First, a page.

How effective is TRIZ ?

I got interested in TRIZ as a freshman at university in 1973. This happened not because I was seeking to improve my problem solving abilities but because I wanted to study the thinking process. In the course of time I got involved in the work on producing new TRIZ heuristics by imitating Altshuller's techniques. He did it by amassing arrays of interesting inventions that seemed to have a common idea behind them. And then he tried to formulate this idea in the form of a heuristic rule of making all similar inventions.

It was a breathtaking exercise but I never really applied my heuristics to real problem solving. For some reason the problems which I faced never fell into the domain of the applicability of the heuristics. Neither Altshuller's heuristics did. The entire TRIZ seemed to be inapplicable to problems which I had to solve. That is why I was always interested to know how effective TRIZ really is.

Unfortunately, all "evidence" falls into two categories:

  1. Somebody tells that TRIZ helps him or her (without elaborating on how specifically it helps) or that he/she solved so-and-so problem with the help of TRIZ (without proving that).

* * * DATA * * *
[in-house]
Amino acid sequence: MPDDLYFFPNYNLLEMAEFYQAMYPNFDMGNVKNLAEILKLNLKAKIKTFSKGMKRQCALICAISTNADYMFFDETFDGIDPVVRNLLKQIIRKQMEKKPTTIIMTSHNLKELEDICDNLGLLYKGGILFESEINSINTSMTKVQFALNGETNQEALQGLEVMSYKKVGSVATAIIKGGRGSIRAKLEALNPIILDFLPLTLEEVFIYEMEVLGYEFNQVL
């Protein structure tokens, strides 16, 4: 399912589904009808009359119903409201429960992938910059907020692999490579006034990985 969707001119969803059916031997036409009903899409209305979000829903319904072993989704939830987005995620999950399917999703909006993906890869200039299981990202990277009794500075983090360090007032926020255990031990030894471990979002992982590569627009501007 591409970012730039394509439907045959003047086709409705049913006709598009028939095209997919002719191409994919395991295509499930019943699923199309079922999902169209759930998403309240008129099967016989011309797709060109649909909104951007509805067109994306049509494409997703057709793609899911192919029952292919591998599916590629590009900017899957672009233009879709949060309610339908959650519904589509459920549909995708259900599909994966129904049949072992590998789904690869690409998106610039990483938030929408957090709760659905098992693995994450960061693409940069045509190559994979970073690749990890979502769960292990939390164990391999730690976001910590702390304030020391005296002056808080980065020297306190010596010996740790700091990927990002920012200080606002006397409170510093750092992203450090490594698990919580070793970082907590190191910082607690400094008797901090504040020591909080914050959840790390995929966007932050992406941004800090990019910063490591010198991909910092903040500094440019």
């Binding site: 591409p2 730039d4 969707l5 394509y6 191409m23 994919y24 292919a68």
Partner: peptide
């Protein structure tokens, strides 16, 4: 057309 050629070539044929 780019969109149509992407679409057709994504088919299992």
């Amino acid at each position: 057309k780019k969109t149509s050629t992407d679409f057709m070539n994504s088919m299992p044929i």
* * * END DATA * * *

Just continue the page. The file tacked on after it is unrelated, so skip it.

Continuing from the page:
2. Somebody in a company claims that the company has a tremendous economic effect from utilizing TRIZ and that this many inventions were accomplished with the help of TRIZ.

Needless to say that such "evidence" cannot be taken seriously. That is why I always ask people for more details. But never hear anything in response.

Here is an example. Valeri Souchkov claimed in "Business Week" that people, who took his TRIZ training sessions, were able to successfully solve problems by TRIZ, which they could not solve before. As an example he cited the invention of the surgical tool, which is able to adjust to the shape of blood vessels. The solution was to make the tool to consist of many micro-segments. He did not tell whether these segments were connected, forming a chain, or were disconnected. But this is a very important detail. If they form a chain, then why the tool could not be made of a flexible material ? This would be definitely better than a chain. But if the segments are disconnected, then how are they controlled ? The solution seemed to be either trivial or impractical (which I suspect is often the case with most solutions allegedly obtained by TRIZ). I wrote Mr. Souchkov an e-mail asking for more explanation of the problem and proposed solution and whether any patent was obtained and received nothing from him in response.

All TRIZ practitioners behave like this. They never answer questions aimed at investigation of what a role TRIZ really played in obtaining a solution. Instead they prefer just empty declarations: